We're announcing a platform shift to Symbian, which we'll be licensing from Accenture Consulting at $15/pop. But they're our strategic partners so they're going to give us marketing money to market the new Microsoft Symbian 800, so it's almost like it's free.
In order to take advantage of the synergic benefits of outsourcing our core business, I'm going to sell the Microsoft headquarters, fire all the obsoleted software engineers along with 50000 employees who cost too much to employ in our new revenue structure. We will also be EOLing Windows, Xbox, Windows Live, Hotmail and Office and focus on rocking the world with Bing and the Microsoft Symbian range of products, supported by the amazing Accenture Symbian App Store.
Our exclusive partnership with Lenovo to sell Microsoft Symbian in countries where we have traditionally done badly is going to form the cornerstone of our new strategy. The new $1999 Lenovo Symbian smart tablets are industrial-strength products designed to make a massive impact from Sichuan to Gansu.
Microsoft needs Elop running Nokia as part of a bigger strategy.
Why would Nokia want to be another Android pusher with no competitive advantage? Value-adds on Android are all shit (crappy launchers and bundled shitware) and the platform is fragmented to fuck. Firefox OS isn't even off the ground and Ubuntu is dead as well.
Nokia hit the spot with windows phone. People will realise that in time.
The platform is worth it just for Nokia Here+ for a lot of people (myself included) and the fact that the hardware is decent.
That's some great comedy material you have there. How many years before this happens do you think? They've already had several. Elop has been an MS stooge since the word go and nokia has paid the price for it.
In 2016 I reckon the market will look like the following:
25% - iOS - Luxury/fashion sector.
25% - WP - business/teenage/student sector.
40% - Android - Mainly generic landfill sector + Samsung
10% - Everything else (probably still mostly S40)
People used to take the piss out of me when I decided to invest in ARM Holdings, Microsoft, Apple and Raytheon. Who's laughing now?
But your predictions for winphone are hopelessly optimistic, and MS has already lost the business sector for phones. They had a strong position a few years ago and threw it all away...
MS's business sector proposition had a reasonable position in the market. The market was fragmented to bits then as well. A lot of it was Symbian and WinCE stuff with some fallout from proprietary platforms and the POS that was J2ME.
They let that go with WP7 and to iOS a bit (c'mon it's a version 1 product) but are clawing it back now with WP8.
Not one business person I know uses Android anymore though citing it's unreliable. I see a rough distribution of 70/30 iOS/WP8 and that's falling because dropping an iPhone is an expensive problem to sort for corporate IT departments and individual users. You can afford to throw away a couple of WP8 devices a year for the same cash per user as a 4S and 4 WP8 handsets for the price of a 5.
I haven't seen a single person with a winphone that likes it. I know a couple who were suckered into it and hate it, and a few more who were persuaded to take a trial of a lumia for a week and took it back in a day.
Imagine if instead they went for android, and took that 70% market share in the Android space? It was possible for them to do in the WP space, why should it not have been possible in the Android space?
As I see it, they wasted their engineering abilities to gain a big chunk of an unimportant market, rather than shooting for the big fish, because their idiotic CEO puts Microsoft's interests before Nokia's.
You've got built in: Word, Excel, OneNote, Powerpoint, a decent mail client, decent web browser, Facebook / Twitter client, Calendar, image manager, cloud sync, wallet, music player, search, music recognition, decent calculator, product comparison and turn by turn navigation.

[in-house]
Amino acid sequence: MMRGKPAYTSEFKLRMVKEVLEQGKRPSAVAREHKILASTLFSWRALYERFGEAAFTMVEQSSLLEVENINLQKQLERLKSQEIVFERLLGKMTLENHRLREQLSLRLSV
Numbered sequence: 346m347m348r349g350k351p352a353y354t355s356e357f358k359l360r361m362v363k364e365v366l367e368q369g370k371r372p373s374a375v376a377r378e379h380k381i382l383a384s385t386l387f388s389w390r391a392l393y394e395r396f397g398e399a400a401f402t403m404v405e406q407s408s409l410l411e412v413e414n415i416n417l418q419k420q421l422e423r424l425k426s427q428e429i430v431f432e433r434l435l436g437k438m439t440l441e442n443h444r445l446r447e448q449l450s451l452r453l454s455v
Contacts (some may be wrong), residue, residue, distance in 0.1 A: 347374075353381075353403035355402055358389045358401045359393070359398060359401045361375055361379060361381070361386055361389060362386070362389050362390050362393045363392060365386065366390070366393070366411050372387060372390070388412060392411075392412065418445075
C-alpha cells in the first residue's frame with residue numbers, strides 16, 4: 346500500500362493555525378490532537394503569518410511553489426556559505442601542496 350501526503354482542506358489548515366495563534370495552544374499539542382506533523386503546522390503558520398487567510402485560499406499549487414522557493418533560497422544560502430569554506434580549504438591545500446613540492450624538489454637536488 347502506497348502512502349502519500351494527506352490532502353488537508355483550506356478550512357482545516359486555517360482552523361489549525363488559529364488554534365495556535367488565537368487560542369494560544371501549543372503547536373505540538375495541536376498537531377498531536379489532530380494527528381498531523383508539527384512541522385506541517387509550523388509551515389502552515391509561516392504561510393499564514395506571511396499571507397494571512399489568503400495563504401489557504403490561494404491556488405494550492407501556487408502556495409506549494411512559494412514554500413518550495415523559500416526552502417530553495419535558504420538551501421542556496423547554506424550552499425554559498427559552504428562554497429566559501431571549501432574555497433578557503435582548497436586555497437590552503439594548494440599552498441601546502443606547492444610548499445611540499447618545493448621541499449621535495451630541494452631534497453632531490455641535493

You can't compete against that.
The only apps I've added are: ebay (because their mobile site is shit) and Weather.
Sure there are apps by the thousands developed by people but as per iOS and Android stores, most of them are buggy shite.
App usage count doesn't mean the device is useless.
OTOH, developer engagement _with_ the platform eventually draws a user crowd to it - that's what the 4D motto means. I don't see any significant push in this direction (as opposed to, say, such past occurences with Win32API, or .net, or other MS technologies). If there's already "everything the user should ever need" (not to be confused with "everything the user needs"), then why bother?
So yes, you can compete with that, and do it much better.
They want Outlook to be the same as their desktop (which it is).
They want integrated calendars and contacts (which they are) so they can maintain their schedule on the road.
They want to view documents straight up without some third party piece of shit viewer that can't render anything properly (which they can).
They want their OneNote notebooks (which they can have).
Not only that the whole shebang actually works 100% flawlessly.
All the rest can be and is done flawlessly by any of the other OS's out there.
Win phone has no killer feature. If it did we'd see people actually using it.
Would Microsoft sacrifice their only real friend in the mobile world just to grab their executive back? If Elop comes over, either Nokia follows or Microsoft disappears from the mobile market.
Sticking with Windows Phone exclusively in light of its failure at other OEMs looks more like career management than strategy. Launching a Windows RT product, as Nokia is rumored to be doing, is recklessness bordering on insanity.
As for Microsoft disappearing from mobile, it looks to me that Ballmer's departure anticipates that happening. Nokia can't keep going the way it is for much longer.
There is no reason Nokia couldn't have had Meego and Android alongside Windows Phone.
Really? How will their marketing handle this? Imagine three entirely incompatible operating systems. Add to that, they need to sell Symbian for a few more years anyway.
Samsung and LG launch products with alternative OSs because they don't want to be caught out if OS preferences change.
OS preferences don't change just like that. You need apps in the app store. It gets harder if you've already spent money on paid apps. Also, Samsung has gotten nowhere with their alternative OSes.
Those products failed to gain traction and were abandoned.
Windows RT was lame and deserves to die. Windows Phone is by no yardstick dead yet. It is actually doing a better job than many expected.
Several OEMs tried Windows Phone and/or Windows RT.
Exactly what Nokia wants. Nokia has become _the windows phone_. As of now, Lumia accounts for 75% of windows phone sales.
Microsoft disappearing from mobile, it looks to me that